Climate and carbon footprint
The impacts on the climate are issues for our civilization and our future generations . Emitting less greenhouse gases must be everyone's concern .
For the aluminum industry, reducing the carbon footprint has been a priority issue for many years, and particularly in France and Europe.
Reducing the carbon footprint must take place on all fronts and aluminum is a material at the service of international agreements to fight against climate change through its use and production.
Use and application
Among the many advantages of aluminum, the fact that it is light and can be recycled many times makes a massive contribution to decarbonization:
2 times lighter than steel, aluminum makes it possible to reduce the weight of all vehicles whether land, nautical, space, air or underground, by replacing many other heavier materials such as copper or l 'steel for equivalent technical performance.
Aluminum can be recycled many times, without losing its technical characteristics if the sorting operations allow it. Recycling a ton of aluminum allows an energy saving of 95% compared to its primary production with direct emissions divided by 4. Unlike lighter materials, aluminum is recycled, avoiding a lot of waste that is too often recovered by incineration, with a significant carbon impact.
Our responsibility is to work to consume goods that are 100% recyclable: aluminum in this regard has many answers to provide.
The carbon footprint of aluminum production is a strategic issue for the industry. For many years, French R&D has been working to optimize production processes while reducing greenhouse gas emissions and energy consumption.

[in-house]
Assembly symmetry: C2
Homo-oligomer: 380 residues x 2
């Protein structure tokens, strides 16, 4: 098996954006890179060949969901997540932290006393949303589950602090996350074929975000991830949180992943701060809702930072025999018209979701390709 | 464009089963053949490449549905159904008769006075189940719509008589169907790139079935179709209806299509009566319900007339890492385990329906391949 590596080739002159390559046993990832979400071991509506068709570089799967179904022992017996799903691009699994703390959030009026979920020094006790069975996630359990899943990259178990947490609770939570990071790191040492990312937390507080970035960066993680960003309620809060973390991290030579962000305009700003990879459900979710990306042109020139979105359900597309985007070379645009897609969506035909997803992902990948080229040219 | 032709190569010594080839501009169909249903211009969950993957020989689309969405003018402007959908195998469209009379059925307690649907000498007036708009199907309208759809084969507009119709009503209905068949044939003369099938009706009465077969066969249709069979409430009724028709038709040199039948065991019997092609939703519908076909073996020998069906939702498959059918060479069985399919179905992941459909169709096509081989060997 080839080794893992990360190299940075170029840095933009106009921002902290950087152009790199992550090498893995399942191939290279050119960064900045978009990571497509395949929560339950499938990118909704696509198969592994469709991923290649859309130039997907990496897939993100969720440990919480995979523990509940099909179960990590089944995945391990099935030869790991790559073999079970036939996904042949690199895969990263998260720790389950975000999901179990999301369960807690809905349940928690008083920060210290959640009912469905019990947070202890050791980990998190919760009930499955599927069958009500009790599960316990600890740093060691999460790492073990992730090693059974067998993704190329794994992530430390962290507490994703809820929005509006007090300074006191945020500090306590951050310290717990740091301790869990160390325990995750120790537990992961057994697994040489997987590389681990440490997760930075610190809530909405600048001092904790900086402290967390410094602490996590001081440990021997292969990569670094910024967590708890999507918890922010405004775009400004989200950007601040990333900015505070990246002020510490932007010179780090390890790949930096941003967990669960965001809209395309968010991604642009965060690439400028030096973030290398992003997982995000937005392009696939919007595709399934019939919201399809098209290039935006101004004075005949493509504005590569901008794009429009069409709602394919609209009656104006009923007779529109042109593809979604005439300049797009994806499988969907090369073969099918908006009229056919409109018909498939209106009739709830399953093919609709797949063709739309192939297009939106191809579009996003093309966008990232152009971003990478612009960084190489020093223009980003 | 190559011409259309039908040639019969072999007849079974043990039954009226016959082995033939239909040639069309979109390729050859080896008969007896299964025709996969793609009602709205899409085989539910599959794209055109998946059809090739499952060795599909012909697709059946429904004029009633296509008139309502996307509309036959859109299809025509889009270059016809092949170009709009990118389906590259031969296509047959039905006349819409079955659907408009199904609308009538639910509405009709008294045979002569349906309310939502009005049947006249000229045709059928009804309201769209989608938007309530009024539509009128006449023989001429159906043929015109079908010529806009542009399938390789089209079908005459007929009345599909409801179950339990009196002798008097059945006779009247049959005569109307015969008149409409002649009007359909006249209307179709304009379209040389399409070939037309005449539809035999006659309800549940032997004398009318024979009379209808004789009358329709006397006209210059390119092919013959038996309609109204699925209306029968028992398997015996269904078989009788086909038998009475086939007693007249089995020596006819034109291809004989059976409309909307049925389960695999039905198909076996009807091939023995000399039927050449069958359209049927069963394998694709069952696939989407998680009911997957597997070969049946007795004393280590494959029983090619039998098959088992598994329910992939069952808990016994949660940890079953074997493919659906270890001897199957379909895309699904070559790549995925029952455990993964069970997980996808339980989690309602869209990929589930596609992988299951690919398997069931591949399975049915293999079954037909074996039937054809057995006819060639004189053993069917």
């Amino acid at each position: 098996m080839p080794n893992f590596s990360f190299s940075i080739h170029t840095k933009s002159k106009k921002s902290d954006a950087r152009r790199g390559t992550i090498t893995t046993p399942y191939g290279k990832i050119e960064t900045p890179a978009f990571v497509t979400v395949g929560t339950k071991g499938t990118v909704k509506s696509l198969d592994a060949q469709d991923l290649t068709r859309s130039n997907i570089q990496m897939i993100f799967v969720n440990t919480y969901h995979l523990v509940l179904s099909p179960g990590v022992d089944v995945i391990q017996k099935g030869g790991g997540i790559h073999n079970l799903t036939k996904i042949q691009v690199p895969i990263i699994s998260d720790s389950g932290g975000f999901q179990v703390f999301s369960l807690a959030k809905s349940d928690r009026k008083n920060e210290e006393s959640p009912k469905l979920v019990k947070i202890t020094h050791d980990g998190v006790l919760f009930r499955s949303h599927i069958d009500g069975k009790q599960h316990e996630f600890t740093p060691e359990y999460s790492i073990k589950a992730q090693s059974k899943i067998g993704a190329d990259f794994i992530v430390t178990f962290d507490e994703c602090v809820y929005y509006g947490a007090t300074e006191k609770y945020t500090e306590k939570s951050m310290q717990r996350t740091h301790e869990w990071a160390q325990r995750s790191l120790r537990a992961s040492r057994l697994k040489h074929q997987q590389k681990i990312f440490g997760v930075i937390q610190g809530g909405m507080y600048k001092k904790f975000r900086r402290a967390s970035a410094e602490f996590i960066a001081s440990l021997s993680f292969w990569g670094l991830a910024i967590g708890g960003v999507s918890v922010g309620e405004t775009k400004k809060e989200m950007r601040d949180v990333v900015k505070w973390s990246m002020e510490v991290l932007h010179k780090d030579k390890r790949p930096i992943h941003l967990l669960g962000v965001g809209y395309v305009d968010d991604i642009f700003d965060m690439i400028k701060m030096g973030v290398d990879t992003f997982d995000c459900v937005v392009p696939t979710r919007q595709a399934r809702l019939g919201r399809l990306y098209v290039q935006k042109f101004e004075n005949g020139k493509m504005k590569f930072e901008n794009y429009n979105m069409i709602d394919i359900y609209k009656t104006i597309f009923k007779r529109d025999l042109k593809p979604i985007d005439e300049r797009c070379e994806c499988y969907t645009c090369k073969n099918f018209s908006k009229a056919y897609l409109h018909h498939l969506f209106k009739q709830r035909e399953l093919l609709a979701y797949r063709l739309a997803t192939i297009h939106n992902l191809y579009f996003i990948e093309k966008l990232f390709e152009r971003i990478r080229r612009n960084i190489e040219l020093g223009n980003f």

AP (Aluminum Pechiney) electrolysis technologies were developed in France and represent technological leaps in metal production. The latest AP 60 technologies allow a considerable gain in CO2 emissions unlike the Soderbergh technology still used in some countries and highly emitting greenhouse gases.
Carbon footprint of aluminum production
Aluminum's carbon footprint breaks down into 3 segments:
Direct emissions (greenhouse gas emissions from the industrial site), which are mainly linked to:
- The electrolysis of alumina,
- The foundry (combustion of the gas required for the foundry)
- Anode baking (when the site has anode production) - (combustion of the gas required for baking)
Depending on the electrolysis technology used, direct emissions vary between 1.8 and 2.5 tonnes of Co2 / tonnes of aluminum produced.
Indirect emissions (greenhouse gas emissions from the electricity required for electrolysis)
Indirect emissions depend on the fuel used to generate electricity. They can be close to 0 if it is hydraulic or nuclear energy, or between 15 and 20 tonnes of CO2 / tonne of aluminum produced if it is coal or heavy fuel oil.
The other emissions:
- Emissions related to bauxite mining
- Emissions from alumina production
- Emissions linked to other raw materials (coke, pitch, graffiti, etc.)
- Emissions linked to transport between links in the value chain
Estimation of carbon footprints by country: